I have quit a lot of things that I regret. There was the soccer team I tearfully abandoned after I hit another girl in the face with the ball. Then, piano lessons I never returned to when my crusty, old teacher scolded me for not practicing. Let’s not forget the week I joined the running team in middle school where I tripped and took out two other runners as I crashed headfirst into the pavement. If I couldn’t quietly blend into the background and survive the season with mediocre skills, I didn’t want to play. I hated to be challenged or pushed beyond my comfort zone and that lack of confidence translated to everyday life.
In school, I hated to raise my hand fearing I would embarrass myself with a wrong answer. Through college, I wanted badly to join the rock climbing club and learn to climb, but I made constant excuses because I didn’t want to look like a fool. During my first job, I turned down a promotion terrified that I wouldn’t be able to do the job. I have let a lot of opportunities fade away because I didn’t believe in myself. Had I been encouraged to stay in sports, I know it would have helped my confidence levels, and many girls agree. In fact, two thirds of girls feel that sports gives them increased confidence.
Now, I force myself to go after the things that scare me in order to rebuild the self-esteem I should have been working on my whole life. With these experiences, I hope to encourage other young girls to stay in sports and the extracurricular activities that nurture confidence through hard work. No girl should hold themselves back from life because of self-conscious doubt.
Inspired by the Always #LikeAGirl campaign, I talked to my nieces about sports. They range in age from 14 to 8, and they all play sports. I can see their confidence blooming like the delicate petals of a flower and just as complicated as photosynthesis. However, when I attend their soccer games and swim meets, I see them in their element. There is a spark of pride and determination glowing in their faces. I asked them what would make them quit, and their answers give away not only their ages but how self confidence is affected through adolescence.
Kaily age 8 – “I would never quit.” The determined optimism hasn’t been touched by doubt, and her passion is an unending joy so much so that she cannot fathom a reason to ever quit.
Mackenzie age 9 – “If you aren’t enjoying it or you feel you are pushing your body past its limit.” Just one year older, she understands there are circumstances that can negatively affect the things you love doing and sometimes people quit.
Isabelle age 14 – “I think about quitting because it takes up so much time…In the summer, I always miss out on pool parties.” On the brink of high school, she is eager to fit in with her peers, even if that means giving up something she has enjoyed doing for years.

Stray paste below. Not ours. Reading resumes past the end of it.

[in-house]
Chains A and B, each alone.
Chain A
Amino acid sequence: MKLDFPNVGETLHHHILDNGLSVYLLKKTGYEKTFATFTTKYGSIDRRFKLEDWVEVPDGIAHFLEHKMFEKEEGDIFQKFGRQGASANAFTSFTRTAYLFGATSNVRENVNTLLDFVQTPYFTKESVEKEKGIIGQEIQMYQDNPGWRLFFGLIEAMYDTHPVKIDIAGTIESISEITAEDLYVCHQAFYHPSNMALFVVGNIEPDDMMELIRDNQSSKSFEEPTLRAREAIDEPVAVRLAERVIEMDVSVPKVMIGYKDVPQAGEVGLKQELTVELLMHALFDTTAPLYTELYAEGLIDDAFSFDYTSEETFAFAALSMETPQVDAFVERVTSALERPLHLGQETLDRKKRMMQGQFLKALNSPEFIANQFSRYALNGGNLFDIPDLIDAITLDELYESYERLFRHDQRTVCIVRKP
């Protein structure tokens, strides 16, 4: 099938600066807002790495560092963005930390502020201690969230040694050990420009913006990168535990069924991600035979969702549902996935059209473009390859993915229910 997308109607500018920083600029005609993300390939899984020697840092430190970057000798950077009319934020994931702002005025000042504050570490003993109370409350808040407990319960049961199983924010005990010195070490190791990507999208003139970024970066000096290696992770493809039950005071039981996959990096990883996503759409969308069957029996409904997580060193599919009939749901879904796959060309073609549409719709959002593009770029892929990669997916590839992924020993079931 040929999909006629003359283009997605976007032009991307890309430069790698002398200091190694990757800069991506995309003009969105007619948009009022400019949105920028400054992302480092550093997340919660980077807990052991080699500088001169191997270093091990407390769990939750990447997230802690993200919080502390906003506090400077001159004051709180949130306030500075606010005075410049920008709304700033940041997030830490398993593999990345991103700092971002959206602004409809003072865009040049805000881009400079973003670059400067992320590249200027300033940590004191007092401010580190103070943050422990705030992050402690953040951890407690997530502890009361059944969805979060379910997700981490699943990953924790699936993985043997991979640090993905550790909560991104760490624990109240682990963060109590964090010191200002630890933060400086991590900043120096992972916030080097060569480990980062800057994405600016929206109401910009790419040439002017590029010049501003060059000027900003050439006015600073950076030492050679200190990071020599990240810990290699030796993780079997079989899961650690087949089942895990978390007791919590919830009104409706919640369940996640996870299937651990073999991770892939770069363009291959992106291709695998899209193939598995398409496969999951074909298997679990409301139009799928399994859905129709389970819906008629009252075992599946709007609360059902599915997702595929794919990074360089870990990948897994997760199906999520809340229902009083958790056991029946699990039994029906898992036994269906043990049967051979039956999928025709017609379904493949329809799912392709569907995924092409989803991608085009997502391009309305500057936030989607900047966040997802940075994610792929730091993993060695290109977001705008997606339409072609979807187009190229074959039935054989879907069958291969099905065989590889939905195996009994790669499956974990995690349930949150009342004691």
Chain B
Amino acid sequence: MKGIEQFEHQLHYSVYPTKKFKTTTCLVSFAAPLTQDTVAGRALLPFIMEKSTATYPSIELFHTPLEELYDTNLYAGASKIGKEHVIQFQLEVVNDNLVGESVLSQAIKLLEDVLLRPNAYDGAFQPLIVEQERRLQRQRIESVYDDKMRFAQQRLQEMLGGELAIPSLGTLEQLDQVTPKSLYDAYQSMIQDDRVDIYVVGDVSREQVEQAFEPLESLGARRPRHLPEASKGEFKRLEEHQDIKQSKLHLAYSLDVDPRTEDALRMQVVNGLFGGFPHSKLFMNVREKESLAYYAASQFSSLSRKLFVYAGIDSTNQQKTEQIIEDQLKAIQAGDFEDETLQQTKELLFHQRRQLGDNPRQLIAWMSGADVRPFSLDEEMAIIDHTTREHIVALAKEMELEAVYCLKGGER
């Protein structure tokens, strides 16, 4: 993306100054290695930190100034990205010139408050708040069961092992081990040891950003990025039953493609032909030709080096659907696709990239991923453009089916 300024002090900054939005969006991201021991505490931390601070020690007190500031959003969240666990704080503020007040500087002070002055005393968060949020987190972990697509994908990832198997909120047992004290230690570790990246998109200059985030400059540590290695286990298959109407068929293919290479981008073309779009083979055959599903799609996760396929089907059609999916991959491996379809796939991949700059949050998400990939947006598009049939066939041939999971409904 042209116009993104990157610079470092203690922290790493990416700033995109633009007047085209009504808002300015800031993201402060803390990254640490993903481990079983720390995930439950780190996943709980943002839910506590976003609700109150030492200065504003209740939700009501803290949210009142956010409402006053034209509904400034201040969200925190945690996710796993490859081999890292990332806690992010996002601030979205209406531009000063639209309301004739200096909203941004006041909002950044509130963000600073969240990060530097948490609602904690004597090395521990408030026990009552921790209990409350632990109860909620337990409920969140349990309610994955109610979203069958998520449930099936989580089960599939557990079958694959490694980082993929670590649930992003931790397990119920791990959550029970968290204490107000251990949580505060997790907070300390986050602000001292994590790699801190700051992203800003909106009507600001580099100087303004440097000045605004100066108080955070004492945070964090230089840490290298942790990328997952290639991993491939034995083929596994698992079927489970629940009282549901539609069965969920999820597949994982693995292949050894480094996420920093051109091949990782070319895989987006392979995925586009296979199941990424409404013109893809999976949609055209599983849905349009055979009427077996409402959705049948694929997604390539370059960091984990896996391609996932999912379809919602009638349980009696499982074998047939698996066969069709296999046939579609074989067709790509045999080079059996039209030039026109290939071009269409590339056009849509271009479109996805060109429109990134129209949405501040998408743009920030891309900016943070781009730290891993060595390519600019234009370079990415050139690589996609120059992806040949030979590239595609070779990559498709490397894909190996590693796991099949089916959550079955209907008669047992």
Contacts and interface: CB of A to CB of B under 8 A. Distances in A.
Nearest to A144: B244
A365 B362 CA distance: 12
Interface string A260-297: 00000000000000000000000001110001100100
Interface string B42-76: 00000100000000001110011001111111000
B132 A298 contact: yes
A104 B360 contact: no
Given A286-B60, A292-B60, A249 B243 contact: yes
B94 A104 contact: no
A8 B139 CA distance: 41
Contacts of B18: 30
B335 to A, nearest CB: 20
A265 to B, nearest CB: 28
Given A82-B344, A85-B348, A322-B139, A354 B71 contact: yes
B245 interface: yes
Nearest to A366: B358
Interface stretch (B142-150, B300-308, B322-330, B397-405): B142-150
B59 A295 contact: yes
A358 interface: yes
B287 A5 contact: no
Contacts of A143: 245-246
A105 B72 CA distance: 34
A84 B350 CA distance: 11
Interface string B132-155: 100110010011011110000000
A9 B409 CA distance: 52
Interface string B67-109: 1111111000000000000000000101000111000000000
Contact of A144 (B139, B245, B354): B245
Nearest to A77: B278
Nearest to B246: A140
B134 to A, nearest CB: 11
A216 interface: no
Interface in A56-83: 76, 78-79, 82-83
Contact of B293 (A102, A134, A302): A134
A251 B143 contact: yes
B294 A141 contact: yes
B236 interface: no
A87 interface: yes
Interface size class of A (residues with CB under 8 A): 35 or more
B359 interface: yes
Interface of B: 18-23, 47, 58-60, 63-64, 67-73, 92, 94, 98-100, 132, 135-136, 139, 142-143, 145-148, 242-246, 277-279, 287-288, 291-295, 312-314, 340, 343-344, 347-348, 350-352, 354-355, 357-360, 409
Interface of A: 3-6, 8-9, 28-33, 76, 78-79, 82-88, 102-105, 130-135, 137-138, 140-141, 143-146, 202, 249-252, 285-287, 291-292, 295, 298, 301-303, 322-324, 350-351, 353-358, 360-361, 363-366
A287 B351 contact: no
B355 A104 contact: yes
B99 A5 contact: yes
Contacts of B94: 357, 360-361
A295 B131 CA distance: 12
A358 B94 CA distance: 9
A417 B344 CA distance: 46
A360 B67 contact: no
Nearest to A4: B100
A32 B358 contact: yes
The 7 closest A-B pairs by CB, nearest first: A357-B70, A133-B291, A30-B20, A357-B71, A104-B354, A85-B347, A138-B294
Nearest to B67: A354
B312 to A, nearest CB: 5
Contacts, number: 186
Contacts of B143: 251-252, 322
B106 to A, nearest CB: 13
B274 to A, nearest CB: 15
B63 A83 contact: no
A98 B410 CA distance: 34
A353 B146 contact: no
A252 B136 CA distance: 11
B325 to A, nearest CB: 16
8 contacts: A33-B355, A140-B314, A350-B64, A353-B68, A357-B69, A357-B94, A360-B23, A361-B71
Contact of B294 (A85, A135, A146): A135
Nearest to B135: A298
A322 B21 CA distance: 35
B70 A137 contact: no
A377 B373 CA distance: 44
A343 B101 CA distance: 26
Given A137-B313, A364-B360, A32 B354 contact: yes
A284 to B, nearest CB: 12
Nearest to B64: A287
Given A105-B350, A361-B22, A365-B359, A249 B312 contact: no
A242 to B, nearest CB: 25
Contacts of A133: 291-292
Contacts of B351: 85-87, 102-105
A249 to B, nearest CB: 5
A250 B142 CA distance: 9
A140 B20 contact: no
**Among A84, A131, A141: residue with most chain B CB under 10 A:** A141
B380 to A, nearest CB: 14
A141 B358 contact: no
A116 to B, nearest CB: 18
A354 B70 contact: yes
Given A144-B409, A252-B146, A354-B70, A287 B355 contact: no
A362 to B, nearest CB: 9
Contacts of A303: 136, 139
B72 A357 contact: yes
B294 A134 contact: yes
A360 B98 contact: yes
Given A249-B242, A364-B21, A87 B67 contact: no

Hearing their different responses, it is easy to understand the slow evolution of self-doubt that leads to quitting. It may start out small, but the pressures of adolescence seem to tear at the seams of confidence. Regardless of the reasons, there is a strong trend to quit sports the older girls become. At the age of 17, 51% of girls will dropout of sports. While 7 out of 10 girls ages 16-24 feel they don’t belong in sports, especially during puberty.
It is crucial for girls to receive the support and encouragement to stay in the activities they enjoy in order to help their self-esteem grow. When they quit, it is so much more than just leaving a sport. It is giving up a piece of them that makes them feel proud and provides a positive outlet to test their strengths. This is why Always is eager to reach out to girls across the globe. Watch the inspiring Director’s interview and why she was excited to be a part of the Always #LikeAGirl campaign.
With all of the benefits of playing sports, 67% of girls still feel that society does not encourage them to play. It is time we step up and inspire girls to keep playing. Talk to the young girls in your life about the positive effects of playing sports, volunteer to coach, or donate to local teams. Whatever you have to do to keep girls on the field. They are learning the skills and the perseverance necessary to make their way in life. Quitting might mean stunting their potential.
The Always #LikeAGirl campaign is brought to you by the Always company which has provided dependable products for women over the last 30 years. Now, it is aiming to change the lives of young girls through its global puberty education which reaches over 20 millions girls around the world.
I’m sharing #Always in my life as part of an Always sponsored series for Socialstars™. All opinions remain my own.